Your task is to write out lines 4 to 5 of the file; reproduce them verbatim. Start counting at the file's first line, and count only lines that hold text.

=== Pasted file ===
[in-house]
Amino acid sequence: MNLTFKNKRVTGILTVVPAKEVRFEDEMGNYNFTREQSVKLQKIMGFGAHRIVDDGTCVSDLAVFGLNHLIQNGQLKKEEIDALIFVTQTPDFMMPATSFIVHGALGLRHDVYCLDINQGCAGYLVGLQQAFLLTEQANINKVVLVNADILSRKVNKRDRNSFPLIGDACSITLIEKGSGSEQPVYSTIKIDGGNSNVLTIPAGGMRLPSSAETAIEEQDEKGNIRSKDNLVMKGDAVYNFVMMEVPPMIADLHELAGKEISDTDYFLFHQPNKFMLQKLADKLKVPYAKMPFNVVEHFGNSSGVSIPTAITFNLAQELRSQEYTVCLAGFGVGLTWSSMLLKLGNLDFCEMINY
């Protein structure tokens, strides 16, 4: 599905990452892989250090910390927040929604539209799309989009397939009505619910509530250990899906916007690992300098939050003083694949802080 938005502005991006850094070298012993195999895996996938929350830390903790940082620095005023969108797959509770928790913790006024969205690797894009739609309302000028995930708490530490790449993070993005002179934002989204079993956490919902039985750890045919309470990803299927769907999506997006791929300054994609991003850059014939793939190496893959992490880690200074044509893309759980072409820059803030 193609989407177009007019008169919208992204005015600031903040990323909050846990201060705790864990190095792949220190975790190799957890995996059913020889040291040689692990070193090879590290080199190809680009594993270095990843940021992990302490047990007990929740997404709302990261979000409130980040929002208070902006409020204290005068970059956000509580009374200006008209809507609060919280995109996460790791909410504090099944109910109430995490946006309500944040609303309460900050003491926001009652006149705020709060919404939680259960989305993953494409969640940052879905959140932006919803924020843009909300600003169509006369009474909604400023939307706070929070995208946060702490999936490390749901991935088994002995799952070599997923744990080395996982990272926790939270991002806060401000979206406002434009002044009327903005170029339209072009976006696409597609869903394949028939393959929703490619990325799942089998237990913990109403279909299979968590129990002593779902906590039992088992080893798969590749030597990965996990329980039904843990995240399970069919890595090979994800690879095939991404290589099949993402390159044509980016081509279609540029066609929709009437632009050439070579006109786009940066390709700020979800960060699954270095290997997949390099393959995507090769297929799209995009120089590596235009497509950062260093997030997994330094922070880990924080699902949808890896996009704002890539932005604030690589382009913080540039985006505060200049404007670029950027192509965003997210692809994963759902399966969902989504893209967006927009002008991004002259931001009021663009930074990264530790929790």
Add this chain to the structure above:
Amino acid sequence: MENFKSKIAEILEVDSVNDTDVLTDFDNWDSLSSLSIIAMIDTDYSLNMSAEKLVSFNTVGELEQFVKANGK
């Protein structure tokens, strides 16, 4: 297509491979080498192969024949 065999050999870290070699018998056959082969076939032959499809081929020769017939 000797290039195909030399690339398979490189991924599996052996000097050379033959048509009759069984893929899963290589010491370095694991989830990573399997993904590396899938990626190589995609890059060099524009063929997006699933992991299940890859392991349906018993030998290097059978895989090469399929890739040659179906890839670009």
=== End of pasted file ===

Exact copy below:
Add this chain to the structure above:
Amino acid sequence: MENFKSKIAEILEVDSVNDTDVLTDFDNWDSLSSLSIIAMIDTDYSLNMSAEKLVSFNTVGELEQFVKANGK